With commencement season coming up, veteran speechwriter David Meadvin shares tips and tricks for succeeding at one of the most difficult speeches to write and deliver.
Q: Why are commencement speeches so hard to write?
A: When it comes to commencement speeches, there's an unavoidable tension between uplift and cliche. Everyone in the audience -- graduating students, faculty and family -- expects to hear something inspiring, but commencement speakers tell us all the time that it feels like every concept has been done before. It takes real time and brainpower to kick ideas around before landing on a set of themes and stories that feel right.
Q: Given these challenges, how do you work with commencement speakers? Where do you start?
A: There are some speeches that a writer can pull off without spending much time with the speaker. This isn't one of them. When we tackle commencement speeches, we make it clear up front that it has to be an intensely collaborative process. We will usually start with an initial round of brainstorm sessions by phone, but in most cases we spend several hours with the speaker in-person. It's not a linear process; there's not a checklist of questions and answers.
We'll usually start by getting to know each other, because the brainstorm process between speaker and speechwriter requires a level of trust and comfort. These conversations will often feel meandering, because the goal is to have the speaker engage in a stream of consciousness that gradually gets more specific over time. Speakers often start the process with some notion of key points they'd like to make, but it's not unusual for the speech to stem from a single story or fact that came up unexpectedly during our conversations. I find that the best speeches are developed serendipitously.
Q: If a commencement speaker chooses to write on their own, how can they mimic this process?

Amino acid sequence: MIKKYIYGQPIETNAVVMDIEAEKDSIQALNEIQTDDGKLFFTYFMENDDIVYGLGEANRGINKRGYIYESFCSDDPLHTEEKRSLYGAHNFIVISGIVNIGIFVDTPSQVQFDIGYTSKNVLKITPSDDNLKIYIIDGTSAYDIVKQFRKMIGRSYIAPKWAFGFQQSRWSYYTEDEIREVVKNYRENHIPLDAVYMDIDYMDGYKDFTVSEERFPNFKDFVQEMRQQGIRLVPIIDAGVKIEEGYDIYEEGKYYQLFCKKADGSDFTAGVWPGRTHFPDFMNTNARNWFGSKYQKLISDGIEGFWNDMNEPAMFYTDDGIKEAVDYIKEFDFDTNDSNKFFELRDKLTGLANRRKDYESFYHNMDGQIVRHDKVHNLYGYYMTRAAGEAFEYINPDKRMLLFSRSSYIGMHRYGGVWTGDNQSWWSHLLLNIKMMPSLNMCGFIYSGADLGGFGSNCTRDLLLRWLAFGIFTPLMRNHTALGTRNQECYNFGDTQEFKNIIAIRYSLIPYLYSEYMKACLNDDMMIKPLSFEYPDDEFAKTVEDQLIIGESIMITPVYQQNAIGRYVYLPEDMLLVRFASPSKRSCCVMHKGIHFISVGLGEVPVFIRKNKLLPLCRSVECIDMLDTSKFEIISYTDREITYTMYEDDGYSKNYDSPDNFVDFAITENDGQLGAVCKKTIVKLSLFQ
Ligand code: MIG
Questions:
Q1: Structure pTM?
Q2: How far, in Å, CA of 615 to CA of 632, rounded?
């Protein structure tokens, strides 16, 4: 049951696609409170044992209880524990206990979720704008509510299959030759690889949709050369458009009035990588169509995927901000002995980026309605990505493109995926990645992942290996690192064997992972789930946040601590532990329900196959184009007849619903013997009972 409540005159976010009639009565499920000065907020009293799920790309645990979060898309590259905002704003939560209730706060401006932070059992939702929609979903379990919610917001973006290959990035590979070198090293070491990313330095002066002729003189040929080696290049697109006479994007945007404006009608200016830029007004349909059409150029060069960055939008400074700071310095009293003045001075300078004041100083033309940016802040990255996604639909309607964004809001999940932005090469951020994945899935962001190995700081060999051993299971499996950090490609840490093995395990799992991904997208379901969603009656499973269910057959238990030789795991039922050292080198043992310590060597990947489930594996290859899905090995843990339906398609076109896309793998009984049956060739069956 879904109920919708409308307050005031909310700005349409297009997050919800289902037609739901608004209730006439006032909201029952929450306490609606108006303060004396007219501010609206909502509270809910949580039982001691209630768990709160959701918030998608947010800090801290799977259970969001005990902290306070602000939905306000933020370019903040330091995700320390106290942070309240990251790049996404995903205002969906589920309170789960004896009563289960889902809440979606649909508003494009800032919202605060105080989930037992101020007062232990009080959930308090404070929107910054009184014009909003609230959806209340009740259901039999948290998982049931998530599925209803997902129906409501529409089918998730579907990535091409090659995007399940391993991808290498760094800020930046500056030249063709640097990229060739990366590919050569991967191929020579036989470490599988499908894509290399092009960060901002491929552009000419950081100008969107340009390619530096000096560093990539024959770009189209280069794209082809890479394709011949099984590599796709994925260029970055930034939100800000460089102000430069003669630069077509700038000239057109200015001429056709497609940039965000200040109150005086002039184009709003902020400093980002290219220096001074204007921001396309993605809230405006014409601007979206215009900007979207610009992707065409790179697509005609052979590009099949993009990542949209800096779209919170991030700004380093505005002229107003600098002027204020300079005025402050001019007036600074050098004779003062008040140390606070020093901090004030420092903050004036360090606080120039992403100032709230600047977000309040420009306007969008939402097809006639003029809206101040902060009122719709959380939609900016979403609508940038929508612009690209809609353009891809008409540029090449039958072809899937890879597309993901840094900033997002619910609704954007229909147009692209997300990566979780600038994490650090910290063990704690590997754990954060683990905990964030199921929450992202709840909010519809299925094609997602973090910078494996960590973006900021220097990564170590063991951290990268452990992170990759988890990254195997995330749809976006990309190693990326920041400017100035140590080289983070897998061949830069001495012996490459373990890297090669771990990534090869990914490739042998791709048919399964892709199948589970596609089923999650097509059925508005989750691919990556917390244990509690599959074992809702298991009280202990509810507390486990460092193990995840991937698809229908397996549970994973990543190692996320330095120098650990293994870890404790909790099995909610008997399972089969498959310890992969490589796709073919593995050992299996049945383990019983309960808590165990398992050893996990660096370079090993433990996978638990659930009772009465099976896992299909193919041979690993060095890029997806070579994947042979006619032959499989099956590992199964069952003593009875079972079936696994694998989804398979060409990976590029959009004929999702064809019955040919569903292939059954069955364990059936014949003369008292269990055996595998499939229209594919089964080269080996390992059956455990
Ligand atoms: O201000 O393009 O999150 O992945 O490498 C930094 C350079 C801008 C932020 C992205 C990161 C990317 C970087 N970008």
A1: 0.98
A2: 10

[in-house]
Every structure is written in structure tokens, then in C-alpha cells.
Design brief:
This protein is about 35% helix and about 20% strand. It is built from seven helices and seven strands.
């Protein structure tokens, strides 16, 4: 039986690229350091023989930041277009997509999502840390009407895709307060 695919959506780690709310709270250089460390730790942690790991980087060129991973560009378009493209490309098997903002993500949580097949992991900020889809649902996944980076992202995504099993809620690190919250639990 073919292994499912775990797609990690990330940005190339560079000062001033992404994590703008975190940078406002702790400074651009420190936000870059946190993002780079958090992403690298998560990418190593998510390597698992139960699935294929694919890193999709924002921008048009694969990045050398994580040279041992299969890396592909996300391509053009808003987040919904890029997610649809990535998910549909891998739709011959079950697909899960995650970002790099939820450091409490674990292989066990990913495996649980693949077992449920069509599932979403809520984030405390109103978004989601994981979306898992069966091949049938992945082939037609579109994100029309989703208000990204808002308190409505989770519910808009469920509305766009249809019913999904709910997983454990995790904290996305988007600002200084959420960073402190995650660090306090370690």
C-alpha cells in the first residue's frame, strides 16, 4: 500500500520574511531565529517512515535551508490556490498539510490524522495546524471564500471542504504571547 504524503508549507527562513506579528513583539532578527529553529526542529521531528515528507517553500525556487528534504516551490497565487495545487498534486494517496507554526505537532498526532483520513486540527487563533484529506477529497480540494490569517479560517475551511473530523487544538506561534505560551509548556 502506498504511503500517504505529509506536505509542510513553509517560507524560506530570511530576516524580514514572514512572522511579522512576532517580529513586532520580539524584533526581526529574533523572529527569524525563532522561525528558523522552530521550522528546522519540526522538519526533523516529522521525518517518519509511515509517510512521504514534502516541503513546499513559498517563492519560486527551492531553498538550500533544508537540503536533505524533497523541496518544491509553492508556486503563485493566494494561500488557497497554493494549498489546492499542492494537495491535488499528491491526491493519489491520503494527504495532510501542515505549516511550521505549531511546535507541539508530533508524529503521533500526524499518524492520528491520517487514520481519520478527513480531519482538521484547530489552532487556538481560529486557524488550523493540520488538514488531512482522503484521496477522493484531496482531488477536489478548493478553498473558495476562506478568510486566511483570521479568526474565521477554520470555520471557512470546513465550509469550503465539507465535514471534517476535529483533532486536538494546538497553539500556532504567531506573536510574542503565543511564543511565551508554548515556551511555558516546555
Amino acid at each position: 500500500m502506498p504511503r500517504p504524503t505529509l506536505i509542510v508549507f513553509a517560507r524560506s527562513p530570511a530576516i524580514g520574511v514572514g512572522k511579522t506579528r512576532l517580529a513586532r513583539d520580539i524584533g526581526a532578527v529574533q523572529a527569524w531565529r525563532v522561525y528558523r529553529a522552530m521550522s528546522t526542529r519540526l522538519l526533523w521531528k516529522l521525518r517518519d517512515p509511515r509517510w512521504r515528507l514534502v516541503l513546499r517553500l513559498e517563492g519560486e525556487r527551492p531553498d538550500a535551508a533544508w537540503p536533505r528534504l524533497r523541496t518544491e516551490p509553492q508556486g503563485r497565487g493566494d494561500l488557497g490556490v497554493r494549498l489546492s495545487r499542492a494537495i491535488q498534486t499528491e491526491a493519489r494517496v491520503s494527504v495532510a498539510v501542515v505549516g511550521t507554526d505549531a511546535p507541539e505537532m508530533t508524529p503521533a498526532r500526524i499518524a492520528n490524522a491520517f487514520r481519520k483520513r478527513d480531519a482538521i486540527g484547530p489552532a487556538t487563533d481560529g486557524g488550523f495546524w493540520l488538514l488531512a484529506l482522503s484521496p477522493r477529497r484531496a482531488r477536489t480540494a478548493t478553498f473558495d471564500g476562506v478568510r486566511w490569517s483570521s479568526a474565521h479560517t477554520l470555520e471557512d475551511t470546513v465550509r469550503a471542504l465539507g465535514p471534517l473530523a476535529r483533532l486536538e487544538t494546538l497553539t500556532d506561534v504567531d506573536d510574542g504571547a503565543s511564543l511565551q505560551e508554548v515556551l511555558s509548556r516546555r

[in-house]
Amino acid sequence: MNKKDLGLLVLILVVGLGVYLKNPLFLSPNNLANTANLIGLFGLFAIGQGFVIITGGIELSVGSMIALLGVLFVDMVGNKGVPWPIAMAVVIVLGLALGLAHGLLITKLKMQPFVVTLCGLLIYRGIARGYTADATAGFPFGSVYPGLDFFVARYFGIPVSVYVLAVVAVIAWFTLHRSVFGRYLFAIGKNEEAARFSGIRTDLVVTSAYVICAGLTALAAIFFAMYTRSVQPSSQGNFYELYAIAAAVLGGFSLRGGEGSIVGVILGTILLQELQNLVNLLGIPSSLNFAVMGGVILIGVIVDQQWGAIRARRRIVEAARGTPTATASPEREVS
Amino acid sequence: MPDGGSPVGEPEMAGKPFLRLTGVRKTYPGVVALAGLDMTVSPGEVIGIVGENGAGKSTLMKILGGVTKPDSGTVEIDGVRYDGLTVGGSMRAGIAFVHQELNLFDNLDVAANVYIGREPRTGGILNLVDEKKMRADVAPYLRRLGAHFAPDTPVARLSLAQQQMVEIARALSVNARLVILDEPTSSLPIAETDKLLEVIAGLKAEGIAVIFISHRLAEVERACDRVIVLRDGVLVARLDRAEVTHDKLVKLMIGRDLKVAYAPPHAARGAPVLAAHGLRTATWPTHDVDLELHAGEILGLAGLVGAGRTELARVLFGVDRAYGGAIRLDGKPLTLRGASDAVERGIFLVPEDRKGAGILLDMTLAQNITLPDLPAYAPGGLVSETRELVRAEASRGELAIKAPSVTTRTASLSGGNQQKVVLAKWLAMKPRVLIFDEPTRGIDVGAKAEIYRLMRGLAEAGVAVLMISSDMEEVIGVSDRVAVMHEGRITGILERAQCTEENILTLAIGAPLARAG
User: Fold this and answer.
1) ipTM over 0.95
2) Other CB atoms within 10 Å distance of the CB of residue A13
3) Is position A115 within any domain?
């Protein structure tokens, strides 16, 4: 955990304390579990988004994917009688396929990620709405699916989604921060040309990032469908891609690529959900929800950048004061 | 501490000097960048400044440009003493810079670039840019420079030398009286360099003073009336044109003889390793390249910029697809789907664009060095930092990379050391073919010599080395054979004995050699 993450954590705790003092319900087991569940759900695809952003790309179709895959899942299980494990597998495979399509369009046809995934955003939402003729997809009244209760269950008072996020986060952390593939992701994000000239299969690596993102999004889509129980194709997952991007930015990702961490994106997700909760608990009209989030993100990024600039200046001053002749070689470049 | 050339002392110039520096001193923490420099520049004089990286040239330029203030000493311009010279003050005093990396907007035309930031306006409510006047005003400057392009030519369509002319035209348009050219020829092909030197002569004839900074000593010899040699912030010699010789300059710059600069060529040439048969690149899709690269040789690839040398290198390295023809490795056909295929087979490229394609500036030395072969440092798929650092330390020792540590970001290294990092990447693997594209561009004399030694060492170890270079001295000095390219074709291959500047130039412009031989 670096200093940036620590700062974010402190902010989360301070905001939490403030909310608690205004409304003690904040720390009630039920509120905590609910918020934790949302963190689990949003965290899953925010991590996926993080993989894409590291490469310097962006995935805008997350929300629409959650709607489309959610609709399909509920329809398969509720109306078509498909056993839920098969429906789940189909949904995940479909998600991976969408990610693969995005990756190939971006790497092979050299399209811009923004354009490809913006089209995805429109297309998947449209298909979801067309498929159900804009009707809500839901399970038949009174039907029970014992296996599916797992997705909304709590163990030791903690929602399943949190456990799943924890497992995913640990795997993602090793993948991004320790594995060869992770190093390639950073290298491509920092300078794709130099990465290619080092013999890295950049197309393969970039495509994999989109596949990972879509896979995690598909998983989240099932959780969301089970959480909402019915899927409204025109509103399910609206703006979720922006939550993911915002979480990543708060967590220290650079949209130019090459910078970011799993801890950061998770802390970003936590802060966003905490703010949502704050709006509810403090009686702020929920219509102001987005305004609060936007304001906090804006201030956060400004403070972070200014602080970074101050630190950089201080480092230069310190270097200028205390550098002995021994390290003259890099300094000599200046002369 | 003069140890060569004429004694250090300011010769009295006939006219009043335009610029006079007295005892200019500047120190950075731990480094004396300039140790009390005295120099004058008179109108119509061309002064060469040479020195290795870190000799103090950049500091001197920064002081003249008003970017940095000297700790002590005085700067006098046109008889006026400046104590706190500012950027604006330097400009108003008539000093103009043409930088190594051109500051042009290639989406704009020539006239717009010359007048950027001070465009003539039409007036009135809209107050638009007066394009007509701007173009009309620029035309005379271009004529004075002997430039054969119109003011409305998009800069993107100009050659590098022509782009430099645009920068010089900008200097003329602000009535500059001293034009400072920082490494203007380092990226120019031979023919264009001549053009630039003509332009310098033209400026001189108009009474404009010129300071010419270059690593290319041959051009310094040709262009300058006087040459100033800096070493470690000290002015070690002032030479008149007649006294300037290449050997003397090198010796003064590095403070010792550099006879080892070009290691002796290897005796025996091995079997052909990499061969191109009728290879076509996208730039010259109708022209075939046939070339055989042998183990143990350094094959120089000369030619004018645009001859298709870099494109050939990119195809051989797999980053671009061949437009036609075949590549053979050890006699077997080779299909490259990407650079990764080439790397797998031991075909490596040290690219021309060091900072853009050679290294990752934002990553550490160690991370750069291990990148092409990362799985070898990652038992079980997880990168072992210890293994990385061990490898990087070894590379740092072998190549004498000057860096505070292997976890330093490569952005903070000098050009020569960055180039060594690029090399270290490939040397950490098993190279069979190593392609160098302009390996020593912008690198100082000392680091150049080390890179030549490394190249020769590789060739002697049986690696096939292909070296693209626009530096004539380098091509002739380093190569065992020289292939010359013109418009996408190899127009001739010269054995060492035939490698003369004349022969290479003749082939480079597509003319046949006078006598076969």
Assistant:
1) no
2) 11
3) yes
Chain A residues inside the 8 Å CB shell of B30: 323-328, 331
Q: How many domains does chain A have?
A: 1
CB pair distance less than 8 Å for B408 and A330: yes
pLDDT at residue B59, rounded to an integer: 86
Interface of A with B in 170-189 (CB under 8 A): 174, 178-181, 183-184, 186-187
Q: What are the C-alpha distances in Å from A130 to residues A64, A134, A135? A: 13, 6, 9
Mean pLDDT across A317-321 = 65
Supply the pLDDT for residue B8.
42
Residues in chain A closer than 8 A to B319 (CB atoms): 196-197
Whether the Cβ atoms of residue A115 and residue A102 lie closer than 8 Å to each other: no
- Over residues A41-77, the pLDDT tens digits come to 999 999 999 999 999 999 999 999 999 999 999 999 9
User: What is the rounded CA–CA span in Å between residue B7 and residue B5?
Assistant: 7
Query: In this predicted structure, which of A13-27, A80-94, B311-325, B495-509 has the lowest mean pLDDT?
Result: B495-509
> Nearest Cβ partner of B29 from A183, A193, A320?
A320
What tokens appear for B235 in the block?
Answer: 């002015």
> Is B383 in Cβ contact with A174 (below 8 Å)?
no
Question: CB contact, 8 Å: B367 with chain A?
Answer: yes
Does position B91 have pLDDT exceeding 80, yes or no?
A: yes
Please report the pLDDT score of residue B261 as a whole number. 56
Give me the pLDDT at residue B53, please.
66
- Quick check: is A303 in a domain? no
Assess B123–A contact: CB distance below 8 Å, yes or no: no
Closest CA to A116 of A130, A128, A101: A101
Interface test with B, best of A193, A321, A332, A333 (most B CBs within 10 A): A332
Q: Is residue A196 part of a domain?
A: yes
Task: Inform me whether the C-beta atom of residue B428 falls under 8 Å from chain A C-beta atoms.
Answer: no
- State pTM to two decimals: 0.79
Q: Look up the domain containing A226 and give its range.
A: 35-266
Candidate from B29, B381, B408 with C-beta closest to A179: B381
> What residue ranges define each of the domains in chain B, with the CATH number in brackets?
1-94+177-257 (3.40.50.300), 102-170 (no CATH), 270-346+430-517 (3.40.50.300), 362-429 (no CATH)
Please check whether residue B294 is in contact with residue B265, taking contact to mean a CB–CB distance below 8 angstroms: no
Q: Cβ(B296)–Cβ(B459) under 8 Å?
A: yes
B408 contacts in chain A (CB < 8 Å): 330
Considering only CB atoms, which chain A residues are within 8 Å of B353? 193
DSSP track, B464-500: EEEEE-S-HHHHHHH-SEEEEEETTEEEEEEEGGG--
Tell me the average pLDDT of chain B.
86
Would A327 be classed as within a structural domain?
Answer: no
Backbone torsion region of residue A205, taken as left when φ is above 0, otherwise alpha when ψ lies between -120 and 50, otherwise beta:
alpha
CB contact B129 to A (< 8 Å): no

A: Don't try to write your speech alone. That doesn't mean you need to work with a professional, but I strongly recommend collaborating with a trusted friend or colleague. Especially if you plan to deliver a bold message, it's really important to have a sounding board. Also, don't expect to simply sit down in front of a blank page and write. Take time to think, jot down notes and brainstorm. You'll take a lot of wrong turns before finding the right notes.
Q: What tone should speakers take?
A: The key isn't to reinvent the wheel, but to put your own unique spin on some tried-and-true themes. Graduates, faculty and family want to leave commencement feeling energized and optimistic. It's completely fine to challenge them, but it shouldn't come across as stern or accusatory. Sharing lessons in the context of personal experience always makes them feel more personal and less cliche.
Q: Any tips on delivery?
A: Commencement speeches are challenging to deliver, even for experienced public speakers. Rarely will you speak to such a large crowd, and few speeches are as formal as a commencement. For a truly large setting (a stadium or concert hall, for example), strongly consider using a teleprompter (if you do, make sure to reserve ample time for practice). If that's not an option, make sure to come as close as possible to memorizing the speech. Also, while acknowledgements are inevitable, keep them as short as possible. The best speakers capture their audience's attention early, and it's easy to lose an audience right up front with too many thank-yous. Jokes often don't translate well to large audiences. Read slowly!
Q: Where should commencement speakers go for inspiration?
A: The most famous commencement speech of all-time was delivered by Steve Jobs at Stanford University in 2008. Go back and watch the speech. Notice anything interesting? there is absolutely no poetry to it. Virtually zero rhetorical flourish. His delivery wasn't polished or particularly memorable. The genius of the speech was that it had the simplest possible structure ("three stories, no big deal") and felt intensely personal. Jobs' advice didn't feel hollow or preachy because it was grounded in his own experience. And despite his extraordinary success, he found inspiration in his failures, rather than his successes. Vulnerability is one of the most compelling tools in a speaker's arsenal.
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